Read just our best, feature-length articles without all the extra stuff.
Tesla Originally Believed His Radio Allowed Him To Communicate With Whom?
Enter your email below to get exclusive access to our best articles and tips before everybody else.
Stores in the Cloud [Manu Cornet - Bonkers World Blog]
Akemi Iwaya (Asian Angel) is our very own Firefox Fangirl who enjoys working with multiple browsers and loves 'old school' role-playing games. Visit her on Twitter and Google+.
Great sketch! *sigh*
Nice love it
But, you can download from Amazon, have it import into iTunes into iCloud, and upload to Google…its what I do.
If the transaction is is solely for lending purposes, the receiver can make a temporary username with the service of the lender and never use it again if they want. This isn’t really a problem, except for those who refuse to spend the extra 30 seconds making a new username.
Seriously, whats wrong with just owning a physical disk? We did it all the time in the 90s!
iCloud destroyed my Outlook address book. And, Apple has no idea how to fix it.
@ Toucan. Physical disks take up a lot of physical room, even if removed from their cases, especially when compared to a purely digital form. They also cost more.
Cloud storage is fine for offsite backup but never should be the only place one’s data resides due to its ephemeral nature. One should always have, at the very minimum, two backups, one of which is offsite, so that, if one backup gets lost, there is still another copy available.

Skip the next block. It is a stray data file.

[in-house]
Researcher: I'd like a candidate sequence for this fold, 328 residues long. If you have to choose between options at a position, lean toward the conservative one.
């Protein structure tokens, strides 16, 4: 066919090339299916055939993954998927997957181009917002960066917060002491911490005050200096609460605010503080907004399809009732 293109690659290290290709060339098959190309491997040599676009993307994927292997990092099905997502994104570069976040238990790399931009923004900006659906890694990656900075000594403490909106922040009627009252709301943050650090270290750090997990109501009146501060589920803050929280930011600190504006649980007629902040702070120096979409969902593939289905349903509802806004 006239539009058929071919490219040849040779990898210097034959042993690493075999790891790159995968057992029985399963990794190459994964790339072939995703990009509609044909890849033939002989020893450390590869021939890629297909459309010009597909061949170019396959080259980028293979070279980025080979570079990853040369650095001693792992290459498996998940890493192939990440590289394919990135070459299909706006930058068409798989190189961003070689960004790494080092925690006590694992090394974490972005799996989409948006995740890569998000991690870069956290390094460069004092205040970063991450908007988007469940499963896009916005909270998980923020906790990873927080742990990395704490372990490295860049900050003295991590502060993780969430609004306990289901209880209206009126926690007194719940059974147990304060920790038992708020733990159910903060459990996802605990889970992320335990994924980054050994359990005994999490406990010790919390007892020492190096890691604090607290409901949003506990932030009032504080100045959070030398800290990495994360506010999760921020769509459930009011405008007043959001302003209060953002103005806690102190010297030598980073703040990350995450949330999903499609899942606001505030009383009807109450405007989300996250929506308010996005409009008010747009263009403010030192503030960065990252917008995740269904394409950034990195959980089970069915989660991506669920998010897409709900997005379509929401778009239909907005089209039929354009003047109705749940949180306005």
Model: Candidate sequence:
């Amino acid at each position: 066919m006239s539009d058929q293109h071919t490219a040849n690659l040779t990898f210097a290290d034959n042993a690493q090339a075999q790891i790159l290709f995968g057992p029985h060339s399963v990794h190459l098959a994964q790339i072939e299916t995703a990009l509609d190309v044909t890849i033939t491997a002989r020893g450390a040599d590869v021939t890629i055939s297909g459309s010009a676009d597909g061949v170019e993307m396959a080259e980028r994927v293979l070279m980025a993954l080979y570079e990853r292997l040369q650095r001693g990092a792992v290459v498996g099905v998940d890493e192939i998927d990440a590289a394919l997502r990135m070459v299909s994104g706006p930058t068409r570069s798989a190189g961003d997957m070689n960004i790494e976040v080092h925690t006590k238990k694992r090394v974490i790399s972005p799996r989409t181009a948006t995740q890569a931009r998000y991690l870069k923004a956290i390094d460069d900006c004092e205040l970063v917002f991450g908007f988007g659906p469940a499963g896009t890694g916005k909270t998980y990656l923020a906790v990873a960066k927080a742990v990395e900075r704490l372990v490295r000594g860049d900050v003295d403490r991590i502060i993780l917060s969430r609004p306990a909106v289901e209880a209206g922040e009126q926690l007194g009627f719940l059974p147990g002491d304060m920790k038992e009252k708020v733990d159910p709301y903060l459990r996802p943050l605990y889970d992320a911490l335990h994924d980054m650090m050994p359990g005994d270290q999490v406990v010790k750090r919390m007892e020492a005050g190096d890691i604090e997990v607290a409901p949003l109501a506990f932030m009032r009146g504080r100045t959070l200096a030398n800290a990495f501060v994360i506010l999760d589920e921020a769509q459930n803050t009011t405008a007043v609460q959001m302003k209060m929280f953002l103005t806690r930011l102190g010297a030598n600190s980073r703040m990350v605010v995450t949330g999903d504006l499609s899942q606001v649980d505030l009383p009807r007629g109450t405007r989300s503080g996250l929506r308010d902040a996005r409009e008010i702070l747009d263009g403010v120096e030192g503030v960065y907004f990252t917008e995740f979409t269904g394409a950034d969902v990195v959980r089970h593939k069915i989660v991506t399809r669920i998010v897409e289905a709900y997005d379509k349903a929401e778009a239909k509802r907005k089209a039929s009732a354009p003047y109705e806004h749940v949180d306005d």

Daily, I backup my work (books) in Word (XP) to six places, in under thirty seconds. Two of these, on flash drives, go with me whenever I leave my place; two on separate external HDDs; two on separate internals. So much plagiarism around now that I don’t trust Cloud with anything other than stuff that would be of no use to anyone else.
Haven’t yet found a way to do this so fast in Win 7.
The continuous groove on the side of an LP record is approximately 1,500 feet (460 meters) in length; the microscopic (but also continuous) data track on a Compact Disc is approximately 3.34 miles (5.38 kilometers) long.
Enter your email address to get our daily newsletter.
Enter Your Email Here to Get Access for Free: